"Nostalgic memory is employed to connect the present to a particular version of the past. By establishing a link between a 'self-in-present' and image of 'self-in-past,' nostalgic memory also plays a significant role in reconstruction and continuity of individual and collective memory."
The spaces in my work are in a transient state. They are not specific to their own location; they are not geographically defined. Something is always about to happen; something is always about to change. They are always incomplete and uncanny and at the same time, they vigorously defend their existence asserting their position in my memory. I am seduced into believing that they are there. I feel ashamed and constantly surveyed, afraid of being accused of not crediting them their historical validity.
In the early part of the 20th century politicians, activists and artists in Communist Russia were involved in an act of building a Soviet myth, creating a new space-time continuum, while violently eradicating the past by erasing facts from the history texts, documents, photographs, and from the consciousness of people. In the process, a new history was fabricated, thus creating a new order, a new collective memory, and turning an entire country and its many cultures into exiles in their own land.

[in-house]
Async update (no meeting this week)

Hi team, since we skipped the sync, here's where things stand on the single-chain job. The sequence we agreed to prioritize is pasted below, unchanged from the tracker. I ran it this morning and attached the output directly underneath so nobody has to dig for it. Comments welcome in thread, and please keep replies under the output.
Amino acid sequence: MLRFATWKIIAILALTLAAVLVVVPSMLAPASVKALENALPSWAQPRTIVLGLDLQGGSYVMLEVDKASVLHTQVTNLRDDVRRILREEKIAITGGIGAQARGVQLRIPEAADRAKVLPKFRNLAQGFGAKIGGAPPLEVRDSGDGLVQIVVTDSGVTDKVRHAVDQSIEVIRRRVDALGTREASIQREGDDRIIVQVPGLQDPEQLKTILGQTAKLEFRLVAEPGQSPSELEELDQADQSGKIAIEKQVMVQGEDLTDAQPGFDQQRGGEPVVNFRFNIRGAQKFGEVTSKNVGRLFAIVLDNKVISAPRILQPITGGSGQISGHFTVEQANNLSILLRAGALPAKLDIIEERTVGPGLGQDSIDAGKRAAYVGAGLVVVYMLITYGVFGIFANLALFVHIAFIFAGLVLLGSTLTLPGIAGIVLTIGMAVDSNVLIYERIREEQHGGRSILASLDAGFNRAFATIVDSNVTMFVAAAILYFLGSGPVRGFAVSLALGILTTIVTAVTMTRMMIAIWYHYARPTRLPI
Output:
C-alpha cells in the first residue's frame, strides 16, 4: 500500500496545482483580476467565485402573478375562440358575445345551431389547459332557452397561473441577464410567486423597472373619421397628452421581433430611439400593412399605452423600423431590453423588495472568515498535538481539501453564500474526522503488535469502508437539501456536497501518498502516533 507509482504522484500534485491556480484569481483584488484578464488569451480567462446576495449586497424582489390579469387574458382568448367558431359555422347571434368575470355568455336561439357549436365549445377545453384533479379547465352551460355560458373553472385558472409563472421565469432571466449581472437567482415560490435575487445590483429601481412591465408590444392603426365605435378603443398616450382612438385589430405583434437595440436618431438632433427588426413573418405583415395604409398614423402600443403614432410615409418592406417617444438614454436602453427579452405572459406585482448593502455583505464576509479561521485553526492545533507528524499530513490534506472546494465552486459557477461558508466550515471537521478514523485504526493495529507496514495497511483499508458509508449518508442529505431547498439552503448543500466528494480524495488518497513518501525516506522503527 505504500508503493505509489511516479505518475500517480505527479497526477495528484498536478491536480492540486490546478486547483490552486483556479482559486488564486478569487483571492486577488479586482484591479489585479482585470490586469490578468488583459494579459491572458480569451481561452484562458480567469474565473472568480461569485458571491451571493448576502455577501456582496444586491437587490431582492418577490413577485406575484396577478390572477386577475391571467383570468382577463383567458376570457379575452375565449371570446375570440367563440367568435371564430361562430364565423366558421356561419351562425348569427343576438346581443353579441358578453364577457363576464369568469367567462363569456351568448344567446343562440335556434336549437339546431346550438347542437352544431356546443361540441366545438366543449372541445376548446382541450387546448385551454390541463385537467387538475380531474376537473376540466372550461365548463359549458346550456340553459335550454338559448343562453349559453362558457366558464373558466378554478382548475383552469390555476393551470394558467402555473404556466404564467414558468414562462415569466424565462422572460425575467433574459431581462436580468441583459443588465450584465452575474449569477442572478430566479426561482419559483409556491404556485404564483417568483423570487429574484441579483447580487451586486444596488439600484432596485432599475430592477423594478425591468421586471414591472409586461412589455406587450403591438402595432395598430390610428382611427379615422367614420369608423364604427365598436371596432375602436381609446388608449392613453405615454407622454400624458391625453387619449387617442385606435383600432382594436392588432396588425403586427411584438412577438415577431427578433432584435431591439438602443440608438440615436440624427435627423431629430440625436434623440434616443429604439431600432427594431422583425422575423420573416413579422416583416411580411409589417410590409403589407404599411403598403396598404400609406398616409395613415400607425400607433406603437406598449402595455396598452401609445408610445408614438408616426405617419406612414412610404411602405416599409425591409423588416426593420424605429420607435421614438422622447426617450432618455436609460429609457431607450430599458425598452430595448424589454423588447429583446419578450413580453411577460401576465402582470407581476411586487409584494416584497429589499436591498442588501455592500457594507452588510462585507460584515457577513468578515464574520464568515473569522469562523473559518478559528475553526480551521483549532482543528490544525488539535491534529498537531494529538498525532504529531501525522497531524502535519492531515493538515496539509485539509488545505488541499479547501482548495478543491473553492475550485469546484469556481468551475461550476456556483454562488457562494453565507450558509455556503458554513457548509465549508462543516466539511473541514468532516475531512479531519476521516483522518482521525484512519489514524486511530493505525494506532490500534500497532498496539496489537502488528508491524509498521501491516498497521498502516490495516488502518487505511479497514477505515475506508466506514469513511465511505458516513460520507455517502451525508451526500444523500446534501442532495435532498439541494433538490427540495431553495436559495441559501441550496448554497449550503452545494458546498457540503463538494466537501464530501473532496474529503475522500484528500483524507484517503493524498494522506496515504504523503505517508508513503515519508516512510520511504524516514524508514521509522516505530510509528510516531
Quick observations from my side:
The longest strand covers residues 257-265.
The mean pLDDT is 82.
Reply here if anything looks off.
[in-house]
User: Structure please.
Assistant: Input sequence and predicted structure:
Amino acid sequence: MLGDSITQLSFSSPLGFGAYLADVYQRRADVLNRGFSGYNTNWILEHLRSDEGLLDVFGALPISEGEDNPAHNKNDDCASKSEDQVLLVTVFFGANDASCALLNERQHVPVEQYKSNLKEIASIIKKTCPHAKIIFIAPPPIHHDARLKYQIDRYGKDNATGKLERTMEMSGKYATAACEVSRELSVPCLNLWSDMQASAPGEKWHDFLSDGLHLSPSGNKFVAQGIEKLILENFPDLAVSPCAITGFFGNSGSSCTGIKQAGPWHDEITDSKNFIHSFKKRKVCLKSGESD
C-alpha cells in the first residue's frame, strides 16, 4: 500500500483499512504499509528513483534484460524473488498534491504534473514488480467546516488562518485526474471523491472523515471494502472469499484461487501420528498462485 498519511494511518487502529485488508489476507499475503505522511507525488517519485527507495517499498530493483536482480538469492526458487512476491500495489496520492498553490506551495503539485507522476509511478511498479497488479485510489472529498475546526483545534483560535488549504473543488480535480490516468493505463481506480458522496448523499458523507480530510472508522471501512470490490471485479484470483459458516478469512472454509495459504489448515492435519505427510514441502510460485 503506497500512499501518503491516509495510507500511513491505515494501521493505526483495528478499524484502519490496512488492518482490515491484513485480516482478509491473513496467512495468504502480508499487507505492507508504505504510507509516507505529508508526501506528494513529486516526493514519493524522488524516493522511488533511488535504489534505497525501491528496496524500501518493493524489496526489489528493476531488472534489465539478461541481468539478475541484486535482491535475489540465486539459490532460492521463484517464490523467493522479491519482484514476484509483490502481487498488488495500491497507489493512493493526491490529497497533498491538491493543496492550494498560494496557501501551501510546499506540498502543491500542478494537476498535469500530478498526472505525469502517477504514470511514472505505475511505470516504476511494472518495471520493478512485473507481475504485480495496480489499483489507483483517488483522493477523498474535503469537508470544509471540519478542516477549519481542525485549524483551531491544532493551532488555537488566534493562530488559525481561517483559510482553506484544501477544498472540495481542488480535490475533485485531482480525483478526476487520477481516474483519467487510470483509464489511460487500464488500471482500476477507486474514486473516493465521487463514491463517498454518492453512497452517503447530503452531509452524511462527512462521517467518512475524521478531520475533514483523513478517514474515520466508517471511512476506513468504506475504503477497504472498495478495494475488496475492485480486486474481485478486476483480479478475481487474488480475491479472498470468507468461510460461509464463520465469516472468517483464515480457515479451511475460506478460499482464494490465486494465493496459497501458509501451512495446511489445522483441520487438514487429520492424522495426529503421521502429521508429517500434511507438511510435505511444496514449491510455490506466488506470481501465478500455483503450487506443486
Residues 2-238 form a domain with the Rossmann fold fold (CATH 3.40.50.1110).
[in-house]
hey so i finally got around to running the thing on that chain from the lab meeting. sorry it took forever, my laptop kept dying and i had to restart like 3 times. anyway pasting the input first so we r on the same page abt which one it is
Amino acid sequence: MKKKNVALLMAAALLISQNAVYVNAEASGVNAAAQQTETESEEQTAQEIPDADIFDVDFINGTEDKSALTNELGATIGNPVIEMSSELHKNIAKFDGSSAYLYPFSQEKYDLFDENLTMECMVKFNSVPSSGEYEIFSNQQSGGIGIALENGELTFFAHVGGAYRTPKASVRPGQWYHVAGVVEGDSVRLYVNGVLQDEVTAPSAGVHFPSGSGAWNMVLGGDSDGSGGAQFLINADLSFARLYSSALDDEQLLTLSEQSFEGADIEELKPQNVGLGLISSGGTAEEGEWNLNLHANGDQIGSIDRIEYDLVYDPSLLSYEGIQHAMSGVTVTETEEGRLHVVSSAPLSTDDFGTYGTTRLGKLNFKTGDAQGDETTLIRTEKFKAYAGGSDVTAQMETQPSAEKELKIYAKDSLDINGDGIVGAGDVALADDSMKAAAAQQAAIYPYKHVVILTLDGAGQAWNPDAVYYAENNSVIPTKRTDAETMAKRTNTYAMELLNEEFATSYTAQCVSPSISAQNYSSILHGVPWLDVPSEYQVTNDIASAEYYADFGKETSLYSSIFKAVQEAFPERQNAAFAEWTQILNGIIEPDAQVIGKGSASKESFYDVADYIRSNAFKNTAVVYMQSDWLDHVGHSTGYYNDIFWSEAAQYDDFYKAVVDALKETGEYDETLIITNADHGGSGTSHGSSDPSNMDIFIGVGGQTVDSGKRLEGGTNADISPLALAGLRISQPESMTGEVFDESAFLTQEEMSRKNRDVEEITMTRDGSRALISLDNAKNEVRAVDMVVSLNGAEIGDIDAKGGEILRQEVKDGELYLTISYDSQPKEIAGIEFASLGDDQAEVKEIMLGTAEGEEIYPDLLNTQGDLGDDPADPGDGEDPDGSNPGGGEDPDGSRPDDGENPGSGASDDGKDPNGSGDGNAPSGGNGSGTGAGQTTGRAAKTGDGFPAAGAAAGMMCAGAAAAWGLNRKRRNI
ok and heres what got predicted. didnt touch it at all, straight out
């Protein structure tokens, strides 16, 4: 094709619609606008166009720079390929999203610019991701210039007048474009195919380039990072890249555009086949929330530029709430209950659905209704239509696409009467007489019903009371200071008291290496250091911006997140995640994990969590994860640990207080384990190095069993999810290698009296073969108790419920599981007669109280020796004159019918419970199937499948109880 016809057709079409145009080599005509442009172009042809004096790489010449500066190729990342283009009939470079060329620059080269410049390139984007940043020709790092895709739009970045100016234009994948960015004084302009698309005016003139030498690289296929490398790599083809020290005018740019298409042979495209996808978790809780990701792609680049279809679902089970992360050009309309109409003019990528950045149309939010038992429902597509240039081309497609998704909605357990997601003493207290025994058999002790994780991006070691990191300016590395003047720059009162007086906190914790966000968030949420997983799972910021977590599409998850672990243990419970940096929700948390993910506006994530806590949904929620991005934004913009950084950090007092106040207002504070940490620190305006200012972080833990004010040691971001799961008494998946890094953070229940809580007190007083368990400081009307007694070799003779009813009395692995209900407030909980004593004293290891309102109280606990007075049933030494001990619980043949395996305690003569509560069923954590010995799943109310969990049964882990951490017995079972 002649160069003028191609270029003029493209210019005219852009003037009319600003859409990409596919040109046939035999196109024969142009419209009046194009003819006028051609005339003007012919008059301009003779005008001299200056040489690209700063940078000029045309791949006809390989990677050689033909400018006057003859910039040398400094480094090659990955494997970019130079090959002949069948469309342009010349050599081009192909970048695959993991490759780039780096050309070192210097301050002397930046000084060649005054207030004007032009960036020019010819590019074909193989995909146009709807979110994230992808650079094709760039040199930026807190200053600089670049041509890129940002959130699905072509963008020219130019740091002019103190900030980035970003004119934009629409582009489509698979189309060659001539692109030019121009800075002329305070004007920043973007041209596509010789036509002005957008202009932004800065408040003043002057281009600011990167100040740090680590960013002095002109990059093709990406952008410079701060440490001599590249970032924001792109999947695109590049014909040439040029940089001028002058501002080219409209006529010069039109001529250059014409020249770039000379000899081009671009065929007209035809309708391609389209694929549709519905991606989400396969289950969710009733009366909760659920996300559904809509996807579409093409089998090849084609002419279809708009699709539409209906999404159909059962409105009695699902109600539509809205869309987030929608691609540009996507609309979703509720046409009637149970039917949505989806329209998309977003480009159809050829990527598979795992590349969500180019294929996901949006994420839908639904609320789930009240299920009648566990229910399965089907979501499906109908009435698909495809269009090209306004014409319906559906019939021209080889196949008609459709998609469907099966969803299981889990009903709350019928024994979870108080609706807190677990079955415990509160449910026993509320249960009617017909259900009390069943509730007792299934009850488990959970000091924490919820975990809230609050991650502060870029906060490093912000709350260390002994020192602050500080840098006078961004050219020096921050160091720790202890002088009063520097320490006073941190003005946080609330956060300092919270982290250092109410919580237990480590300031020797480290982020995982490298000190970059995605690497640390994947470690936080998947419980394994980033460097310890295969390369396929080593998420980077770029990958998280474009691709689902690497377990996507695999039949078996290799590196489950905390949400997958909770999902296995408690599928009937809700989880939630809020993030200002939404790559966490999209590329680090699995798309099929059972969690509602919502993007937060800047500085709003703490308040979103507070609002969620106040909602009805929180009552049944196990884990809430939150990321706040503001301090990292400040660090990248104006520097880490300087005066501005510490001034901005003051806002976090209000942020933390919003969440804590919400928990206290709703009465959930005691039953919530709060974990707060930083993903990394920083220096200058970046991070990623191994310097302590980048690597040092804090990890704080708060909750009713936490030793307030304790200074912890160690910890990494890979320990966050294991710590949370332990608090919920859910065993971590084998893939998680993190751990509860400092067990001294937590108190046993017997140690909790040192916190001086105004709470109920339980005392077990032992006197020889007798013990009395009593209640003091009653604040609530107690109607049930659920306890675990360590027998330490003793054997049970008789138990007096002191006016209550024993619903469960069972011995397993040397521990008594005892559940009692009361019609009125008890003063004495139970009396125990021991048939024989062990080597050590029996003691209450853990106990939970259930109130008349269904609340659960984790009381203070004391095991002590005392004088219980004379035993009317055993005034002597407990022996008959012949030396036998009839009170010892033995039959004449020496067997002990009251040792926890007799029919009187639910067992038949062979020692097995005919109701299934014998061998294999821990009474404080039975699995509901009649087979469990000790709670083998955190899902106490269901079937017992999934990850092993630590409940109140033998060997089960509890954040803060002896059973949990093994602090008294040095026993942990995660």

In the years since, Vladimir Nabokov explorations of nostalgia and reflections on exile, and Ilya Kabakov reconstructing of the past, to name a few examples, are all part of a ritualistic return or an obsessive homecoming and anxious preservation of memory. Nostalgia in the work of these artists is palpable and real and has great impact onto constructs of cultural memories. They do, however, remind us that the images produced and circulated within that culture need to be carefully examined. Perhaps, while remnants of history are scattered all over with no sign of provenance, they have no ability to tell a story of their own but can only remain in a form of melancholic nostalgia.